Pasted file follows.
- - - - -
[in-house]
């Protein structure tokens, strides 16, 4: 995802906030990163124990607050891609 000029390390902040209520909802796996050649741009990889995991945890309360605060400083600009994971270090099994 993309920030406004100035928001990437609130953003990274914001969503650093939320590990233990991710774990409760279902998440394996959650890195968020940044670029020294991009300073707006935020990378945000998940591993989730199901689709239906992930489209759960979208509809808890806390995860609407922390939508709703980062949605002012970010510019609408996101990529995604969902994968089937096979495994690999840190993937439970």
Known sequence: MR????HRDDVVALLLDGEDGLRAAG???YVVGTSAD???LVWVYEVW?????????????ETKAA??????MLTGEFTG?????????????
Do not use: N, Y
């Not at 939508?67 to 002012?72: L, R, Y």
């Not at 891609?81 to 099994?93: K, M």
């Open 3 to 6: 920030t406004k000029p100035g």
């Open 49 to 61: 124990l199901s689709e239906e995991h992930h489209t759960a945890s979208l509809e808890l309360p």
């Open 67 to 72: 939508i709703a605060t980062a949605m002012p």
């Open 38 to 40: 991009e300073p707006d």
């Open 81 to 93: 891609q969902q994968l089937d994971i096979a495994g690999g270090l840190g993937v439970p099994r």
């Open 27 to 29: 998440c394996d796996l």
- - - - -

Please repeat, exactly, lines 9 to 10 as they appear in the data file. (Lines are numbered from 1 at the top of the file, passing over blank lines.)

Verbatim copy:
């Open 67 to 72: 939508i709703a605060t980062a949605m002012p």
């Open 38 to 40: 991009e300073p707006d």